The Lincoln Centre video hints at what all the fuss is about. It’s a playful unexpected opening for sure, but sure it will struggle to come anywhere near close as Chichester’s stunning production of Sweeney Todd with Michael Ball and Immelda Staunton.

Review: Sondheim Inside Out / BBC Concert Orchestra / QEH

 BBC/Chris Christodoulou
BBC/Chris Christodoulou

Two familiar Sondheim stalwarts were joined by two relatively fresh-faces and one recent graduate on the QEH stage for an enchanting mix of some of the composer’s finest songs accompanied by the BBC Concert Orchestra. The concert was recorded for broadcast on BBC Radio 3 on 20 December 2013.

Watching the BBC Concert Orchestra play is to observe a band who clearly love playing the repertoire they have on the music stands in front of them. They’re not there to just ‘play the notes’. They immerse themselves in what’s going on to such an extent that the occasional swaying from one side to another isn’t so much unusual as de rigeur. And if they’re swept away by a particularly good solo performance, none of them hesitate to turn in their chairs and offer their grateful thanks.  Despite the considerable size of the group – 30 strings and a whopping 47 wind, brass and percussion – this was an intimate affair and the gig benefited from that no end.

Sondheim Inside Out_Maria Friedman_CR Chris Christodoulou (1)
Yes Maria. You’re fab. (BBC/Chris Christodoulou)

The near capacity audience helped, of course. Perhaps that should have been no surprise. Despite Sondheim naysayers who reckon the music is impenetrable (fools), a Sondheim programme with a classy billing like Kim Criswell and Maria Friedman (UK musical theatre royalty) is always going to pull in the crowds. And like the 2010 Proms birthday concert, the excitement such a crowd brings to proceedings only helps things along.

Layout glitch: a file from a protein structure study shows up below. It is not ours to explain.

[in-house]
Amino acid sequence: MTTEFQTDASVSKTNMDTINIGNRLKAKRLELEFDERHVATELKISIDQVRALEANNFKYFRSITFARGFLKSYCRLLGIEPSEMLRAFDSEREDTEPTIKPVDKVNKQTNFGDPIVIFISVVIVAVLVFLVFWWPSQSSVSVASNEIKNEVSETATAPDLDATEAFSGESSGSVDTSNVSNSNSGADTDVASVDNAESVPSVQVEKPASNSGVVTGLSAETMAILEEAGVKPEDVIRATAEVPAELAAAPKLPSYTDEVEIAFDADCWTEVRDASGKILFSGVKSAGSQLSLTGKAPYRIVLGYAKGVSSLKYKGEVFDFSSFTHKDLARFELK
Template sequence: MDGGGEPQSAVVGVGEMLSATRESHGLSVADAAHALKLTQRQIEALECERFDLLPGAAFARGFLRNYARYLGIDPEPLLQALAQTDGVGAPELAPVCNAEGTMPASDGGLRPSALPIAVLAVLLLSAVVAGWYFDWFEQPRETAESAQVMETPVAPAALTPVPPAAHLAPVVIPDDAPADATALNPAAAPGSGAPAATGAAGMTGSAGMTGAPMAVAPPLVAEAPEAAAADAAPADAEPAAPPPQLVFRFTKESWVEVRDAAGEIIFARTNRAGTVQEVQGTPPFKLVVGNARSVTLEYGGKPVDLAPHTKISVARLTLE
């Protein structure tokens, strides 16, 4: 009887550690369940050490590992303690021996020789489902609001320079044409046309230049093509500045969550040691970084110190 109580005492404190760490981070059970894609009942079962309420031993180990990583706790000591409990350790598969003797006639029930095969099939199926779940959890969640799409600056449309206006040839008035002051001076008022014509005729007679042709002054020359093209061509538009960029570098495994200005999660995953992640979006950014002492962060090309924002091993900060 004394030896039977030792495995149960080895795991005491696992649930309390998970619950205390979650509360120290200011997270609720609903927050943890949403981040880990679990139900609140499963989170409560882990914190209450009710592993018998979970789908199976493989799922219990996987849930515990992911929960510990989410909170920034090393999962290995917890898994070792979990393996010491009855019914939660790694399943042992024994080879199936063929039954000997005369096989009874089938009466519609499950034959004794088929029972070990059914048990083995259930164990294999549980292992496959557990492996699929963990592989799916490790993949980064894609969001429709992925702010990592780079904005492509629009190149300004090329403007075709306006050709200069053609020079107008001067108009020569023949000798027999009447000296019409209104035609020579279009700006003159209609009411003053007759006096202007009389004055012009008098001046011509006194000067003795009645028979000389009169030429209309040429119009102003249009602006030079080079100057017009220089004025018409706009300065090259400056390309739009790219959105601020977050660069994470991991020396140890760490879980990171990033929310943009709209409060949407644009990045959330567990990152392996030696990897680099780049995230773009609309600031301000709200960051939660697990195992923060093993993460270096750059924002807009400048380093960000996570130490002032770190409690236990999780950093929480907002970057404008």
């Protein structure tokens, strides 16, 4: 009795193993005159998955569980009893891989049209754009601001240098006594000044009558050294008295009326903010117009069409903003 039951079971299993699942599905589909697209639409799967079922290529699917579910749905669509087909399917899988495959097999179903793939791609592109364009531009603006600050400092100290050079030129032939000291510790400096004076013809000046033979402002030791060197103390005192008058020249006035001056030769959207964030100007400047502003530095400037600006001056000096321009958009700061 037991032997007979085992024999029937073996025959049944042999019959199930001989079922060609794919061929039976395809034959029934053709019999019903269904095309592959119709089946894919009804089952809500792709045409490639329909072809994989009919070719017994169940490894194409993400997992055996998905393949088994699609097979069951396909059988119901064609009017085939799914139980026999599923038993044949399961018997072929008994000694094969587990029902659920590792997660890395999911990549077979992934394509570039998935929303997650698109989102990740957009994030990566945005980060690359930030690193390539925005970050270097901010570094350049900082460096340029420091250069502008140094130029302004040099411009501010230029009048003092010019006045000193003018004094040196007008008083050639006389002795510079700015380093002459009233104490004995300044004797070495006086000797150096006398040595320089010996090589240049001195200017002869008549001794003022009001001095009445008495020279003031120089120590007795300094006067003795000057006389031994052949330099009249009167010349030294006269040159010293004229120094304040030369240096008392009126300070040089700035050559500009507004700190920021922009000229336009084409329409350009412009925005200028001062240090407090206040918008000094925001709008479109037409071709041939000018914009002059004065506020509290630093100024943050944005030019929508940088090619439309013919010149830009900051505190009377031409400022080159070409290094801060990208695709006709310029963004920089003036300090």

Sondheim Inside Out_Stuart Matthew Price_CR Chris Christodoulou
Stuart Matthew Price at the Sondheim Inside Out concert, singing the best song of all – Beautiful Girls. (BBC/Chris Christodoulou)

Some comparatively unheard of numbers were included in what could so easily have been a fairly run of the mill programme: Everybody Says Don’t, March to the Treaty House (Pacific Overtures) and More (Dick Tracy).

These combined with a breathtaking performance of Losing My Mind by Maria Freedman (who with conductor Keith Lockhart set up the perfect conceit for the fiendishly difficult but a hugely entertaining performance of Getting Married Today), the devishly handsome Michael Xavier with his irresistible vocal hints of Mandy Pantinkin paired with the infectiously warm welcome of Laura Michelle Kelly’s in Happiness made the event a special mid-Sunday afternoon treat.